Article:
In other words, when you communicate the Gospel, don’t be a jerk about it. Being a jerk just gives people an excuse to dismiss you. Being a jerk doesn’t convey that you have an eternal hope. And if you’re being a jerk, don’t claim that you’re being persecuted for your righteousness. Being a provocateur does not inherently make a person a prophet. Just because you tick people off, you don’t get to claim that you’re being persecuted. Live in an exemplary manner so people can take you seriously.
Paul gives similar advice:
Be wise in the way you act toward outsiders; make the most of every opportunity. Let your conversation be always full of grace, seasoned with salt, so that you may know how to answer everyone.–Colossians 4:5-6
4.Provocateurs miss the need for contextualization and translation of their message.
Truth must be contextualized. Just as different nations speak different languages, the cultures of different generations and eras speak different cultural languages. When one seeks to communicate Law and Gospel, one must think about how they will be understood in the culture to whom one speaks. This does not mean abandoning core Biblical teachings, but it does mean doing all one can to come near to people in their culture and communicate truth the very best possible way we can. While hellfire and brimstone preaching, street preaching, some tracts, and religious placards may have been effective in certain previous cultural situations (and may even occasionally be effective in isolated cases now), for the vast majority of people in today’s culture, these methods come across like a giant middle finger being flung out at them by the Christian community. It’s difficult to communicate God’s heart to save when one is holding a sign covered in hellfire.
In our culture, preaching at people conveys an idea of superiority. It causes people to stereotype Christians and fail to give any of them a hearing. It is the opposite of conversation. How can I talk with someone who is preaching at me? How can I begin to even consider integrating their beliefs into my worldview? Conversation opens people up. Preaching at people closes them down.
Conversation opens people up. Preaching at people closes them down.
As part of truth contextualization is the need to glorify God through quality, though-provoking messaging. Not 10 Commandments placards, garishly displayed. Instead, how about something like this:
This t-shirt is advertising Skull Church, an evangelistic outreach of a local church in Kalispell called Fresh Life. This isn’t my church, but I admire these Christians for what they are doing to provide spare, thought-provoking, well-executed advertising and imagery to a world that has good reason to be skeptical of Christians. Fresh Life uses the image of the skull to evoke Golgotha and the beautiful act of salvation that Jesus brought about for believers at such an ugly place. That’s downright poetic and thought-provoking and different from what people expect to hear Christians communicating. The core teaching is the same, but it is translated carefully and well for the current culture.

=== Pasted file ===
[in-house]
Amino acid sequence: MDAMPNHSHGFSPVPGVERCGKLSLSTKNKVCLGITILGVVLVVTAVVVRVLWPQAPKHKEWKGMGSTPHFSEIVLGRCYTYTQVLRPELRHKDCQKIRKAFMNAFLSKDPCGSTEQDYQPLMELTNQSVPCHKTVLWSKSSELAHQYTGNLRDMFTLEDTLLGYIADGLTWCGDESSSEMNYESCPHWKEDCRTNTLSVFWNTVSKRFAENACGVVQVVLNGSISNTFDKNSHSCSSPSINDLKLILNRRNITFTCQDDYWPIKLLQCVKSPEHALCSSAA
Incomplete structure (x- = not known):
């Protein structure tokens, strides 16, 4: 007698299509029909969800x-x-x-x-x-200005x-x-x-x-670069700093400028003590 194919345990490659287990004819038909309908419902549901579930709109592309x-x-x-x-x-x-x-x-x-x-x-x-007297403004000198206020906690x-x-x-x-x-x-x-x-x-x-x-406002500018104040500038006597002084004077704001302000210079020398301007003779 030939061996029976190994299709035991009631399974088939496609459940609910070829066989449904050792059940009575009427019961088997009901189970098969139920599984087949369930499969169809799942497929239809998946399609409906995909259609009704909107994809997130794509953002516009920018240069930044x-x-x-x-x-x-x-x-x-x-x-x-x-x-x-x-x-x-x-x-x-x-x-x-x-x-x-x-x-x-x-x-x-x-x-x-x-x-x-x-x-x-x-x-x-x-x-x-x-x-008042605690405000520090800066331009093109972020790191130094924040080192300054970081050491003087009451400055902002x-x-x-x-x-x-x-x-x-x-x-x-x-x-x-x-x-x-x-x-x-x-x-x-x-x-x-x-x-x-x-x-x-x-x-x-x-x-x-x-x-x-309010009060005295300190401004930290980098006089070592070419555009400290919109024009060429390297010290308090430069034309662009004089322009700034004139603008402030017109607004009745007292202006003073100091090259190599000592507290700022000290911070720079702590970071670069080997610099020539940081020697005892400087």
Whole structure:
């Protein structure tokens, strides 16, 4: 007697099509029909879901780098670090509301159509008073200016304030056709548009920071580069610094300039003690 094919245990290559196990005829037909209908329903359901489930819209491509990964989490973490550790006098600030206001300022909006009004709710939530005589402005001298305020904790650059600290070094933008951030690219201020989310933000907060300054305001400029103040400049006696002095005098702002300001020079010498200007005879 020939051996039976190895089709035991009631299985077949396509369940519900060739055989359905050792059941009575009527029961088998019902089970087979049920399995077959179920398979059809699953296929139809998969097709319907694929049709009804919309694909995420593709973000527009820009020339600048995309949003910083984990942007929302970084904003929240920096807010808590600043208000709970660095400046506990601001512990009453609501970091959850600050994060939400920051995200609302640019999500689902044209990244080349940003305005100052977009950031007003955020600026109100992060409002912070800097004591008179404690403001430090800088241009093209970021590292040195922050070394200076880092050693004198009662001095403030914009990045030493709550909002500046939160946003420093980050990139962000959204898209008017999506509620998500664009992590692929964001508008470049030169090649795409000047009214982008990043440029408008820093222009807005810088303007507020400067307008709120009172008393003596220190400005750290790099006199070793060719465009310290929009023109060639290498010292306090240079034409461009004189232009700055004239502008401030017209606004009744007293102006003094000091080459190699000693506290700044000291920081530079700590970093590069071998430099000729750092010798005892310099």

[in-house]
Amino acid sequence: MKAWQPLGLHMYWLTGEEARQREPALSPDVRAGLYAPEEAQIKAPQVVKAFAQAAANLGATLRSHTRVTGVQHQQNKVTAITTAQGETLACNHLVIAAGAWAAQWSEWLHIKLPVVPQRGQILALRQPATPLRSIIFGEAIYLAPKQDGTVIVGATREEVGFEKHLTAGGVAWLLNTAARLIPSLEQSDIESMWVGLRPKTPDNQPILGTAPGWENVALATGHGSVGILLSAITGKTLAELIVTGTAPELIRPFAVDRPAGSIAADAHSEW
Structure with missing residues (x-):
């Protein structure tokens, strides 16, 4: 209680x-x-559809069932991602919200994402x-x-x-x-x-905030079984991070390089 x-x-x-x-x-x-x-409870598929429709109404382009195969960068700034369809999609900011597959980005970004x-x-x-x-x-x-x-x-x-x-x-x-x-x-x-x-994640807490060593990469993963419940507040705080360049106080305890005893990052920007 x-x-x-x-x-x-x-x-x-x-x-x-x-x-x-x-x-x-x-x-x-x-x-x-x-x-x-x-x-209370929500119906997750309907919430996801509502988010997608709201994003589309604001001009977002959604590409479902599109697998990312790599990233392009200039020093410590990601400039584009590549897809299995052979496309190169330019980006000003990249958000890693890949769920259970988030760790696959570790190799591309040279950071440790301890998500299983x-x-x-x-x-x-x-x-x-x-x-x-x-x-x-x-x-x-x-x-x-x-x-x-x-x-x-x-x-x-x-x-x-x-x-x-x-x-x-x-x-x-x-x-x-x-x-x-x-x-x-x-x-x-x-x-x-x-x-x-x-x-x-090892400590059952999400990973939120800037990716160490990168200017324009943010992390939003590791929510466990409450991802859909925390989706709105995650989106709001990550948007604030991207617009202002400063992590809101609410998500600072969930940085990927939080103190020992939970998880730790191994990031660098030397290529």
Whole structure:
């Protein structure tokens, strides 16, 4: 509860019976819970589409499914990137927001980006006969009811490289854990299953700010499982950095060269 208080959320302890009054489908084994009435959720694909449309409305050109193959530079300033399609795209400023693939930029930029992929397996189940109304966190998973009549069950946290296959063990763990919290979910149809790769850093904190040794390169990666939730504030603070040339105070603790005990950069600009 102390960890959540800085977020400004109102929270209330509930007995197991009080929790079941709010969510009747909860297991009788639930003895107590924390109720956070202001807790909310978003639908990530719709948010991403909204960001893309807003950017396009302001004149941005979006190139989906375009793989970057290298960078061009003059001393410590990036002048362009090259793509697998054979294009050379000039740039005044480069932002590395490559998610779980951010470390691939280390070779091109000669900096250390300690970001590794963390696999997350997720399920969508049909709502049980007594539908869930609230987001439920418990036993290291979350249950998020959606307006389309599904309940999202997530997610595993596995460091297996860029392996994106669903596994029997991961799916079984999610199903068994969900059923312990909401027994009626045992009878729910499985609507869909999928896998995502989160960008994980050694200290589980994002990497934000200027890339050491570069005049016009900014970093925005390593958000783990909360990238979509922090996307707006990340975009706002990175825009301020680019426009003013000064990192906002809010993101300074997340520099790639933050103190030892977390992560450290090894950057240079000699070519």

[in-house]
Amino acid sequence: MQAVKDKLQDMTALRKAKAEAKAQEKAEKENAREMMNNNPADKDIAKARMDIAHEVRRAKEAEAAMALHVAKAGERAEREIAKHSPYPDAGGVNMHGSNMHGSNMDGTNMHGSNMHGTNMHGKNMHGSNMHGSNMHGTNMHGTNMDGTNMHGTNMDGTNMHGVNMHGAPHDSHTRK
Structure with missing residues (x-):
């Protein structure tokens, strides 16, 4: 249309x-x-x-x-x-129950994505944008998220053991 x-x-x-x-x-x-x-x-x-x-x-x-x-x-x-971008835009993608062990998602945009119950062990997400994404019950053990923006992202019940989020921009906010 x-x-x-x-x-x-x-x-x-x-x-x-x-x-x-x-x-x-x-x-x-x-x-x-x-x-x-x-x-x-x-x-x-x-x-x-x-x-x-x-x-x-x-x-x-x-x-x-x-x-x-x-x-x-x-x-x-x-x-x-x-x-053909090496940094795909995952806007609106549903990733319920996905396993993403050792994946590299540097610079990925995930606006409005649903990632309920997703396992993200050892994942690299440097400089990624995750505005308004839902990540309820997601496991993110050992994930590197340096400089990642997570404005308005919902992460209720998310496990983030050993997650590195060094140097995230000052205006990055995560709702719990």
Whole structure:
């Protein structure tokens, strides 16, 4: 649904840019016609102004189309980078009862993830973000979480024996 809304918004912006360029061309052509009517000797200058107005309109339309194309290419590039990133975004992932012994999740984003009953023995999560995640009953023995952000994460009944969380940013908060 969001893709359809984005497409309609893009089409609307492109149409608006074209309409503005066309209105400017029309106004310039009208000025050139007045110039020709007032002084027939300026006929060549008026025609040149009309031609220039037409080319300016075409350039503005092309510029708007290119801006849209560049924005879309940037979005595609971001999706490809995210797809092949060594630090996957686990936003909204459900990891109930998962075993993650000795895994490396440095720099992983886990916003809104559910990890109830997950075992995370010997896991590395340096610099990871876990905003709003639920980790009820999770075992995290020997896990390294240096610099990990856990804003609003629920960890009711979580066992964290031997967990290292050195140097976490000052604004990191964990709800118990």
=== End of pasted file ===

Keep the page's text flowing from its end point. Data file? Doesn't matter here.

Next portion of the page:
5. So-called prophets need to beware when their god hates everyone else they hate.
That which is called prophetic in American culture is frequently allied with an idolatry and fetishizing of America as a Christian nation and with the idol of Republican politics. (There is another brand of “prophetic speaking truth to power” that fetishizes Democratic politics, but that is another discussion for another day.) Who can argue with your pronouncements against liberals, people of other religions, homosexuals, or whoever your current favorite Bogeyman is if you claim to speak for God? Sooner or later, false prophets begin to bolster their own prideful beliefs and to proclaim, above all, that they are right. What starts out as a concern for people who are captive to sin, death, and the devil quickly becomes an opportunity for sarcasm, harsh pronouncements, and self-justification.
In contrast, the Bible teaches that we are all wrong, and only God is right. In regards to politics, Christians are called “aliens and strangers” and citizens of another Kingdom. Our normal state as Christians is not being power brokers of some kingdom of God gained through politics, but rather in being humble, self-giving servants. This is why Dr. Kent Brantly and Nancy Writebol have so impressed a world that is only out for itself. Rather than carrying placards, mounting pig’s heads on sticks, or burning Korans, these faithful missionaries self-sacrificially laid their lives down to care for those who are the most suffering on earth. This kind of service is what gets people’s attention. It’s a love and service that communicates through action that “it’s not about me,” but that it’s about Jesus.
Provocateurs frequently drive their negative energy in the direction of xenophobia. Rather than rejoicing that God has brought the nations to our doorstep, they reject outsiders and provoke them. The New Testament model is not to angrily provoke outsiders, but to engage them. Provoke curiosity not anger. Humbly serve with the love of Christ.
6. More often than not, prophets speak to God’s people, not unbelievers, calling them away from their idols and back to Him.
Who was Jesus the hardest on? The occupying Romans? (That’s who the rabble wanted Him to topple so they could be a Christian–er, Jewish–nation again.) No, Jesus was the hardest on the most religious crowd. The crowd who were most focused on defining perfect faithfulness to God. Jesus showed us that nothing can hide our worst selfish motivations better than religious words and claims. The Old Testament prophets did sometimes prophesy against the sins of the nations, but they confronted the sins of God’s people most stridently of all. So when you hear so-called prophets spending almost all of their time proclaiming that the evil, vile people of the world are going to burn in hell, maybe stop and ask yourself why they aren’t spending more time calling the Church out on its evils. True prophecy begins with calling God’s people to account.
Christian witness is not well-represented by Christian stunt artists. It is best represented by humble service, living the Christ life before a watching, skeptical world.
In contrast to the extremists discussed here, check out this interview that Matt Lauer of NBC’s Today Show did with Jeremy Writebol, the son of Christian missionary Nancy Writebol. Here we see Christians who have faced great personal cost for serving Christ; we see the joy of these Christians in spite of their suffering. And we see their willingness to go back to the place of greatest risk and suffering. Not even the often-flippant hosts of morning TV can dismiss the power of this witness. We need more of this and less of the publicity stunts. Through humble service, God is glorified, our neighbor is served, and people come in contact with the paradoxical cross–the instrument of death through which comes life.